Looking back at Lab week Building Beyond in the Netherlands
From 9 to 14 October 2023, the twelve participants and four mentors of the second cycle of the Building Beyond mentorship programme gathered in the Netherlands for the second Lab Week. The programme participants work in a range of design fields including architecture, urbanism, digital design, visual arts, photography and performance and hail from different African cities. The lab week, themed Reimagining the Future of Cities, included a series of workshops, a networking dinner, studio visits and a public symposium. Roxanne da Graça, Internationalization grant officer, reflects on the week.
collaboration and connection
The Building Beyond mentorship programme is a unique collaboration between the Creative Industries Fund NL and the Prins Claus Fund that focuses on promoting and facilitating open dialogue, collaboration and connection, as well as supporting the participants’ individual practices. The programme also facilitates space for reflection and exchange between creative practitioners from different cities within the African continent and in the Netherlands.
The twelve participants in the second cycle of the programme are based in different countries, including Egypt, Libya, Nigeria, Kenya, Benin, Ethiopia, Tanzania, Mozambique and South Africa. Through creativity and critical thinking, they address a number of interrelated social and urban dynamics, including the visibility and participation of local communities, the design of public spaces, (de)colonization of architecture and social inclusive justice.
On Monday morning, the lab week kicked off at the Open Space Contemporary Art Museum (OSCAM) in the Bijlmer neighbourhood of Amsterdam. The group started with a grounding session led by Wezile Harmans, one of the participants in the Building Beyond programme. In the afternoon, urbanist and founder of Bijlmer Believers 3.0, Wouter Pocornie, guided the group on a walking tour, during which he explained the historical and contemporary context of various places within Bijlmer neighbourhood in relation to the city.
On Tuesday, programme participant Jepkorir Rose led an interactive poetic session, reflecting on the results from the earlier grounding session by Wezile Harmans, at Museum het Schip, the Amsterdam School Museum focused on art, architecture and housing. This was followed by a visit to designer Maria Blaisse’s studio, where she and the director of Slow Research Lab, Carolyn F. Strauss, facilitated a session on spatial practice and reflected on the power of ‘slow research’ as a methodology.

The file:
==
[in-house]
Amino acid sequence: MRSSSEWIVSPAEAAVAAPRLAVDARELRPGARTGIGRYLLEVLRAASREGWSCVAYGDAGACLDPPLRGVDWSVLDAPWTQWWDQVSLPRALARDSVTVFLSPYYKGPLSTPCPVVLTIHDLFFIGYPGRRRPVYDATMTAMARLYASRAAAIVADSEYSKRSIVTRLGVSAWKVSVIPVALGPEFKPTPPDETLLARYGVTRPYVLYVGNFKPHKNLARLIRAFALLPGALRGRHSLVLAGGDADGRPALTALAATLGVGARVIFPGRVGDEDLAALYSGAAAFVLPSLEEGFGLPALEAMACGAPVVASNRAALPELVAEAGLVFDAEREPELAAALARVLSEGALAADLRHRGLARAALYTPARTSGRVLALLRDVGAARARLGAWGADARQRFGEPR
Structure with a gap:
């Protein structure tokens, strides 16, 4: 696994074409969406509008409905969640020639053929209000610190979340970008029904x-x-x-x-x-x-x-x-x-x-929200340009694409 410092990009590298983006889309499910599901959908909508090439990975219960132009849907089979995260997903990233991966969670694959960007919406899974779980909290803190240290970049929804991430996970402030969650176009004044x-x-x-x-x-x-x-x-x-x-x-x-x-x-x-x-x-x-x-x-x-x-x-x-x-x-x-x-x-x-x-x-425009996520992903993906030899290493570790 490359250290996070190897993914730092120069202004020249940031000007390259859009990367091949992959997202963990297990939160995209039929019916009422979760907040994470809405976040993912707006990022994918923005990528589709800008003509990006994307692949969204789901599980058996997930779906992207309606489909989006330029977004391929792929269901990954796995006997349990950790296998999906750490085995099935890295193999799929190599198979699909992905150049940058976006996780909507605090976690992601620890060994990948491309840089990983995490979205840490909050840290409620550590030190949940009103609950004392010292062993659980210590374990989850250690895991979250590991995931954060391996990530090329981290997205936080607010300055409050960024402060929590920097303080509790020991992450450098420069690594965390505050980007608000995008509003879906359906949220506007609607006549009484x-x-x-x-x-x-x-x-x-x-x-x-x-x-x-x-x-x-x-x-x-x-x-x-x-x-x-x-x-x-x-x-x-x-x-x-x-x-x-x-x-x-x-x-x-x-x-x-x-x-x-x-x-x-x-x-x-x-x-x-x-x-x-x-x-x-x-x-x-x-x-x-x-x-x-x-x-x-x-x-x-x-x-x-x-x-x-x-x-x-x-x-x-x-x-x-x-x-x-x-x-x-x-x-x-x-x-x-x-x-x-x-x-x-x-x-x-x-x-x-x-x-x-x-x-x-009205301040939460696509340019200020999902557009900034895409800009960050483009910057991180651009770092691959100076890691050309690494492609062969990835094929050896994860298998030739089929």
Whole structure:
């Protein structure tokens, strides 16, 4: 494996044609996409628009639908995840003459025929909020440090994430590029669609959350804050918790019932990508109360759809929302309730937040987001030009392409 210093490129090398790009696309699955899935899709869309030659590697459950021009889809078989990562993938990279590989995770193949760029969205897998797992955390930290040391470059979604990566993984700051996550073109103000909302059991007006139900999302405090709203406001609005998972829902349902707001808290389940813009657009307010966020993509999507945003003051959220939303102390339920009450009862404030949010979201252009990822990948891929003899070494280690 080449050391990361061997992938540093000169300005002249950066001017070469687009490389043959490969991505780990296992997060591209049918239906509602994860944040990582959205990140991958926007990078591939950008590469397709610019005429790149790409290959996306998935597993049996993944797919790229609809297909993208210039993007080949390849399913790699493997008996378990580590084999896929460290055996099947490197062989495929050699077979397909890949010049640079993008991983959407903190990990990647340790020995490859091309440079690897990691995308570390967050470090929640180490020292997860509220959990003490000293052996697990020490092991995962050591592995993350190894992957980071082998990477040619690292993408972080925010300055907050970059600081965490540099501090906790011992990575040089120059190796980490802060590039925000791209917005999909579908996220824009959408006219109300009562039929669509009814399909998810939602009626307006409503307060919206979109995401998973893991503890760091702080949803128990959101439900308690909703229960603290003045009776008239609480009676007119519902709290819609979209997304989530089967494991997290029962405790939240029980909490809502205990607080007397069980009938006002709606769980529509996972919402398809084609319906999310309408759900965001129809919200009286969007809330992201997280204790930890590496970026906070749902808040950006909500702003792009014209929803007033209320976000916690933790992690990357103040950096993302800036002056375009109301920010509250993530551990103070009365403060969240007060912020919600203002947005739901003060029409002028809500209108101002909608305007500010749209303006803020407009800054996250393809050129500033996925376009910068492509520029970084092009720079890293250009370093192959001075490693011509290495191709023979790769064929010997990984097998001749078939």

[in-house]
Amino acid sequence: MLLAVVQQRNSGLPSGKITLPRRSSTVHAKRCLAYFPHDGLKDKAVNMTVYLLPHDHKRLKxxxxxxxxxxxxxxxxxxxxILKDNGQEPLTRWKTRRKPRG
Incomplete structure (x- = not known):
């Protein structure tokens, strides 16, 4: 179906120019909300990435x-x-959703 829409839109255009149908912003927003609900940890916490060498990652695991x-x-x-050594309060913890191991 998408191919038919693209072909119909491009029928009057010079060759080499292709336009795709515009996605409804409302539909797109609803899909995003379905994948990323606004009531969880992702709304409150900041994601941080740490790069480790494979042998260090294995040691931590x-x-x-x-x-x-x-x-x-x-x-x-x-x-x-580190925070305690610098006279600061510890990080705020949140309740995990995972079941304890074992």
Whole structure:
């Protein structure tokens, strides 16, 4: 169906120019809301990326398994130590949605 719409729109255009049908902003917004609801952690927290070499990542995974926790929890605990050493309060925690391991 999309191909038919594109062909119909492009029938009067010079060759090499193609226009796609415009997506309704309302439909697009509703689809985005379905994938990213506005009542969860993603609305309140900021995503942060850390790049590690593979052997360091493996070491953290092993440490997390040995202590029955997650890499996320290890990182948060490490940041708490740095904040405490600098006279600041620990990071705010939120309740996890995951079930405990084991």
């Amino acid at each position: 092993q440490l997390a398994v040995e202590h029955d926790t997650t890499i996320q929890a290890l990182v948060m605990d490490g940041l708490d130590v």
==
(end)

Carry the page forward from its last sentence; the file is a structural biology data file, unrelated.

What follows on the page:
The group spent their third developing their joint publication at de Tempel, a cultural space in Amsterdam that focuses on culture, creativity and experimentation. Participants Mika’il and Uzoma provided a ‘counter-mapping’ exercise. This is a method that deploys alternative ways of mapping places, developments and ideas to question dominant power structures and in order to advance progressive goals. Later in the day, the group built a collective toolbox as a basis for the joint publication.
On Thursday, the group visited the Independent School for the City in Rotterdam, where director Mike Emmerik shared the School’s approach to bringing together critical and experimental ideas in the fields of urban research, design, strategy and activism through a variety of activities. The school also provides a platform for urban professionals to engage in informal discussions on the challenges of fast-growing cities. Following this, architectural historian Michelle Provoost reflected on the research for the publication To Build an African City. The book offers an alternative approach for planners, developers and other decision-makers with the aim of building more inclusive and sustainable New Towns in African cities.
On Friday, the group visited Studio Ossidiana in Rotterdam, a design studio that develops work at the intersection of architecture, design and landscape. Founders Alessandra Covini and Giovanni Bellotti presented a number of projects the studio has developed and reflected on their working methods and international collaborations with different organizations. The afternoon included a visit to the cultural production studio Cookies in Schiedam, where a conversation took place on the role of architecture and digital culture in fostering more healthy cultural ecosystems.
Beyond Prescribed Future
The final day of the lab week was centred on the public event Reimagining Future African Cities at Nieuwe Instituut. The twelve participants and four mentors provided four inspiring and informative panel sessions on the African anthropocene, vernacular technology, cities of resonance and the imaginary and image. It was a thought-provoking day with a symposium and workshop jointly presented by Nieuw Instituut, the Prince Claus Fund, Creative Industries Fund NL and African Architecture Matters.
Photos Sankrit, Maud Fernhout and Floor Besuijen